The Press Newspaper

Toledo, Ohio & Lake Erie

The Press Newspaper

The Press Newspaper

Saving Lake Erie

Lake Erie is the 12th largest body of fresh water in the world, but it is the most used fresh water lake for recreation, fishing, and tourism.

In addition to providing 11 million people with drinking water, Lake Erie generates about $1.4 billion in fishing and recreational activities.

While the Great Lakes contains one-fifth of the world’s fresh water, Lake Erie produces more fish than all of the other Great Lakes together.

State Rep. Mike Sheehy (D-Oregon) and other officials believe Erie’s contribution to the economy is being jeopardized because of pollution. Grand Lake St. Mary and Buckeye Lake are already virtually dead, killed by invasive algae, which feeds off phosphorus from fertilizers and animal feces.

In 2011, when a record breaking algal bloom developed in Lake Erie’s western basin, the Ohio Department of Health issued advisories at four nearby beaches. The advisories, which recommended against swimming and wading, were issued in late August and extended into October. The Ohio Department of Natural Resources still has the advisory listed for the beach at Maumee Bay State Park on the park’s website.

A study commissioned by the U.S. Army Corps of Engineers concludes that open-lake placement of dredged material does not contribute to the development of harmful algal blooms in the Western Basin of Lake Erie.

The Ohio EPA is still evaluating the study’s findings, but it remains firm that open lake dumping is not environmentally sound.

“Highlighted by the crisis in Toledo and the overall health of Lake Erie, action is needed to move us beyond the business-as-usual approach of the U.S. Army Corp of Engineers applying unacceptable standards to justify disposing of massive quantities of nutrient-laden sediments in our lake,” said Dina Pierce, Ohio EPA Northwest District media coordinator.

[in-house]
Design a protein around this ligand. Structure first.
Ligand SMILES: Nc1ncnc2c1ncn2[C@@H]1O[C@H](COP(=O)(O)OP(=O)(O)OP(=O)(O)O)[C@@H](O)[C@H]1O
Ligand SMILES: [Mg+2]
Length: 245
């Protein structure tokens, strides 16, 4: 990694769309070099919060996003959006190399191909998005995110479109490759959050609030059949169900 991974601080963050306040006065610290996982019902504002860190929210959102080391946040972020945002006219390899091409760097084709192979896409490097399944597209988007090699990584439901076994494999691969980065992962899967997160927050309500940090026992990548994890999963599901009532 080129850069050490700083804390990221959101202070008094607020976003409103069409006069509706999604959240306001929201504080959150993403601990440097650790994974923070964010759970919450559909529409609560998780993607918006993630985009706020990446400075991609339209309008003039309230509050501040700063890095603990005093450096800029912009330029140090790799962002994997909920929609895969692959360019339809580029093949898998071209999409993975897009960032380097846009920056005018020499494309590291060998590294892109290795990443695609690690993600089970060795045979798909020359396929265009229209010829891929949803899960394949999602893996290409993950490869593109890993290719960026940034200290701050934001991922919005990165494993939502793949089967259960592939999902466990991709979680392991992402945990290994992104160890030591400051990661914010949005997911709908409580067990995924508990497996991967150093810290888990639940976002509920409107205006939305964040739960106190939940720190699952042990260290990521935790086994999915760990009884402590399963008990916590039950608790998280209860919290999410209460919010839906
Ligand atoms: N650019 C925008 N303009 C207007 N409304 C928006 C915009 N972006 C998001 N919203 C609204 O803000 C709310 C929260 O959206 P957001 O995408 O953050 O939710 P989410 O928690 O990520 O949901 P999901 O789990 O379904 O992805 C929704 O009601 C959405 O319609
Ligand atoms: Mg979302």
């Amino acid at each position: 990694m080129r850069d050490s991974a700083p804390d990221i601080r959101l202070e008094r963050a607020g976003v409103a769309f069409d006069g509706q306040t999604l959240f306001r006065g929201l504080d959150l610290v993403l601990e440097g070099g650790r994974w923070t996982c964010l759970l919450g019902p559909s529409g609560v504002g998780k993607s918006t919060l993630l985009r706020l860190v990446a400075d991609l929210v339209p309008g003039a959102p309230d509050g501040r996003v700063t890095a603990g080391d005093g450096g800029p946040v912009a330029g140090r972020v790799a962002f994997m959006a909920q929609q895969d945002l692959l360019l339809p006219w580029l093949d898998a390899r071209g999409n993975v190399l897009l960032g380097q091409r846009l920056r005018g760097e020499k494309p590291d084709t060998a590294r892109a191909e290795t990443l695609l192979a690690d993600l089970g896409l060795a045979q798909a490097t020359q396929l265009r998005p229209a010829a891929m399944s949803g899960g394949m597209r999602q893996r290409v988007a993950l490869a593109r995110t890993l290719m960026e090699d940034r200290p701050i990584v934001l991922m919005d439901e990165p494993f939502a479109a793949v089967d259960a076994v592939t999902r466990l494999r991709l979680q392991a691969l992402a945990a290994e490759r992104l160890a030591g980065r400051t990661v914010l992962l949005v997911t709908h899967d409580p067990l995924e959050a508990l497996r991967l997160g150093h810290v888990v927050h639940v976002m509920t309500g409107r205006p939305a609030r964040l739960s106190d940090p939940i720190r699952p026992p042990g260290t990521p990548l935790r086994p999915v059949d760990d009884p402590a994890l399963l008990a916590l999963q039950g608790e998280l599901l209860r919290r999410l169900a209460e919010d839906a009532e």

“We need to focus on finding an approach that ensures our ports remain open and accessible and builds on current actions to protect Lake Erie,” she said.

Sandy Bihn, executive director Lake Erie Waterkeeper, Inc., said the debate between the Corps and the EPA has been going on for decades. Last spring, the Ohio EPA refused to give the U.S. Army Corps of Engineers permission to dispose of dredgings from Cleveland into the open waters of Lake Erie; which created a push for alternatives.

“Toledo has been fighting this going to back to the 80s. The Ohio EPA has typically said, ‘No open lake’ and then they ban it, and [EPA and Corps] fight, and nothing gets done. That happens over and over again,” said Bihn, who believes dredging plays a role in providing phosphorus that feeds invasive algae, even if it’s not the biggest role.

A study commissioned by the U.S. Army Corps of Engineers concludes that open-lake placement of dredged material does not contribute to the development of harmful algal blooms in the Western Basin of Lake Erie.

The externally conducted study was performed by engineering consulting firms Ecology and Environment and Limno Tech, at the request of the U.S. Army Corps of Engineers Buffalo District office and Engineer Research Development Center. Support was furnished by: Heidelberg University; the University of Toledo; and the University of Wisconsin–Stout. Data was contributed by: the National Ocean Service; the Great Lakes Environmental Research Laboratory, and United States Environmental Protection Agency.

The study, “Influence of Open Lake Placement of Dredged Material on Western Lake Erie Basin Harmful Algal Blooms,” was conducted over 18 months and involved field sampling, laboratory analysis, and lake eco-system modeling. Extensive water quality monitoring was conducted throughout six months of the 2013 dredging operation. The study was released in August.

While findings concluded that open-lake placement of dredged material is not a source of bio-available phosphorus contributing to harmful algal blooms, it did find that the Maumee River is the dominant source of bio-available phosphorus contributing to the blooms.

 

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